Historic counties (which were taken out of use in about 1982) were made up of townships or cantons. The two words are equivalent in English and French. Eventually all the Québec cantons in WeRelate will be described as townships. Many townships disappeared before 1980 with the growth of urbanization.

If the word parish is used, this is the local ecclesiastical parish of the Roman Catholic Church. Parish boundaries and township or canton boundaries were not always the same.

The WeRelate standard form for expressing a place in Québec is township/canton/parish, historic county, Québec, Canada,
or local municipality, administrative region, Québec, Canada for places established after the changes of the 1980s.


Censuses were taken throughout the 19th century in Quebec (or in Lower Canada or Canada West before 1867). Surprisingly most of them have been archived and have been placed online free of charge by the Government of Canada (both microfilmed images and transcriptions). All can be searched by name or browsed by electoral district. The contents vary. Those of 1825, 1831 and 1841 record only the householders by name, but remaining members of each household were counted by sex and by age range. From 1851 through 1911 each individual was named and described separately. The amount of information increased throughout the century, and in 1891 people were asked for their birthdate and the year of immigration to Canada. Unfortunately, enumerators were required only to record the birthplace province or country (if an immigrant). Specific birthplaces have to be discovered elsewhere.

The links below are to the introductory page for the specific census year. It is wise to read through this page first to see what will be provided on a specific census, and what will be lacking. Links to the records follow from these pages.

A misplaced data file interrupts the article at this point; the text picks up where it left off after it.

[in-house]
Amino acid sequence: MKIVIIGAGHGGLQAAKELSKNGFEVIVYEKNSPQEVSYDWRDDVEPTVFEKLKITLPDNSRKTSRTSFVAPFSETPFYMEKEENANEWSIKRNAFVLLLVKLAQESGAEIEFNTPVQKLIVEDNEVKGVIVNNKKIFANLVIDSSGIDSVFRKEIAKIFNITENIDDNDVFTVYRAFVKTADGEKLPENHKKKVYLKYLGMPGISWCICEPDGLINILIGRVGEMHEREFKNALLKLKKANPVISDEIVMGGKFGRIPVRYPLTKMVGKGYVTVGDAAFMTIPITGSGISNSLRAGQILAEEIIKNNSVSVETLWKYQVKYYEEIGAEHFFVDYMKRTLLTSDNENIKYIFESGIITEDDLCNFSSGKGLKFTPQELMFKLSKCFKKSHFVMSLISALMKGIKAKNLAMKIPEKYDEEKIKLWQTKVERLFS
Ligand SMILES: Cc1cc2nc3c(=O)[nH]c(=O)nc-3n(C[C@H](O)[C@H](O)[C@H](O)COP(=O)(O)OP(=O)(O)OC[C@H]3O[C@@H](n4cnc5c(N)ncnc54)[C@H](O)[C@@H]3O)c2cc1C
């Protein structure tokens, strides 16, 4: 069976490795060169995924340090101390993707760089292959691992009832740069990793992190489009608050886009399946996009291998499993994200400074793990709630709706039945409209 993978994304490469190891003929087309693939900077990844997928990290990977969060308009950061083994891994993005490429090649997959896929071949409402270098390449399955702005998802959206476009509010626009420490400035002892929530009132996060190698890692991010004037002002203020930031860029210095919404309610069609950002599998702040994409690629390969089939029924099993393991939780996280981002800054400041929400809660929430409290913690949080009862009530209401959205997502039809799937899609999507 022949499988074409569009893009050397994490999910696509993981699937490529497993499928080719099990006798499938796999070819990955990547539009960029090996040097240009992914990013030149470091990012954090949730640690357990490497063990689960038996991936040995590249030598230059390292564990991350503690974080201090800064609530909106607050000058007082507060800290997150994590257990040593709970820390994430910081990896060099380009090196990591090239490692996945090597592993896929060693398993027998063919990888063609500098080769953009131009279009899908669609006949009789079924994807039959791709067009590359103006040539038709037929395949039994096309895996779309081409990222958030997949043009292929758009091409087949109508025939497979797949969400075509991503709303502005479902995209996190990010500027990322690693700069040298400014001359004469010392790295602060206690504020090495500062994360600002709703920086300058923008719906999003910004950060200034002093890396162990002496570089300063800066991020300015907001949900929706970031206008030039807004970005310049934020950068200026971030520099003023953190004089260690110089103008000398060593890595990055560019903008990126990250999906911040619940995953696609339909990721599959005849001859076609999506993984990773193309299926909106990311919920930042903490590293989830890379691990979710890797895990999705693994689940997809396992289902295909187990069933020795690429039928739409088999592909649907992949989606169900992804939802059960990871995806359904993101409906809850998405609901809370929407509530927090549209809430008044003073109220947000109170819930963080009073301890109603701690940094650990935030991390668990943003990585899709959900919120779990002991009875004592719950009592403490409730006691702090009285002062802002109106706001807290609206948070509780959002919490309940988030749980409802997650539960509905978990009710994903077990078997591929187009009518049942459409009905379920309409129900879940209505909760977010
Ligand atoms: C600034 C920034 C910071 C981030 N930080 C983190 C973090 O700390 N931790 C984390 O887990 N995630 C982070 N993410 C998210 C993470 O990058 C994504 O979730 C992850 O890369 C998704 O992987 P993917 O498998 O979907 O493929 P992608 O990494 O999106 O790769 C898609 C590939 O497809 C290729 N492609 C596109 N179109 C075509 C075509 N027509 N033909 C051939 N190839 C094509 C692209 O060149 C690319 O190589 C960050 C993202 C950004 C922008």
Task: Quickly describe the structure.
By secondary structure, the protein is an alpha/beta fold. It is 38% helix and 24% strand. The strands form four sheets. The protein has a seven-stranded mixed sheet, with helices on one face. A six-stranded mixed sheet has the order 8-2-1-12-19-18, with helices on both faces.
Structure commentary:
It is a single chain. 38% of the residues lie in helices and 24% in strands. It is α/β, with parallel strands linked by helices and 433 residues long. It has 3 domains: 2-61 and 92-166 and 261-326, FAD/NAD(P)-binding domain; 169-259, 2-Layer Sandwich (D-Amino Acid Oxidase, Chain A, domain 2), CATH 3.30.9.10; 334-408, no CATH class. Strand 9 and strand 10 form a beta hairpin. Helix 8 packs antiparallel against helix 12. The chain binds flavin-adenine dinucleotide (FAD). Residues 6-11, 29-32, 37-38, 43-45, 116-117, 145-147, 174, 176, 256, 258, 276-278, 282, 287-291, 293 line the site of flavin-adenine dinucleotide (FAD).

The 1921 census is available through and is also free of charge.

Other Sources

  • FamilySearch Wiki Information for the province and for indivdiual counties, and places within counties.
  • The Drouin Collection: explaining its history and purpose in a FamilySearch Wiki article
  • The Drouin Collection provided by and (pay websites).
  • Genealogy Quebec in French, the website of the Drouin Institute. (also a pay website) with more databases than are on Ancestry.
  • Quebec GenWeb (English version--for the most part)
  • The Quebec Familiy History Society is the largest English-language genealogical society in Quebec. Most of their services are members only, but their Bulletin Board has useful tips for everyone. These may change from time to time.
  • La Mémoire du Québec online. Édition 2017. "Le dictionnaire des noms propres du Québec." In other words, an up-to-date gazetteer of places in Québec organized as a wiki. Each entry is a timeline.
  • Eastern Townships of Quebec Connector. A blogpost with links to many websites dealing with Quebec genealogy, particularly for those who don't speak French well. All parts of Quebec are mentioned.
  • Google "translate French to English" for those words and phrases you can't quite remember from schooldays.
This page uses content from the English Wikipedia. The original content was at Saint-Laurent, Quebec. The list of authors can be seen in the page history. As with WeRelate, the content of Wikipedia is available under the Creative Commons Attribution/Share-Alike License.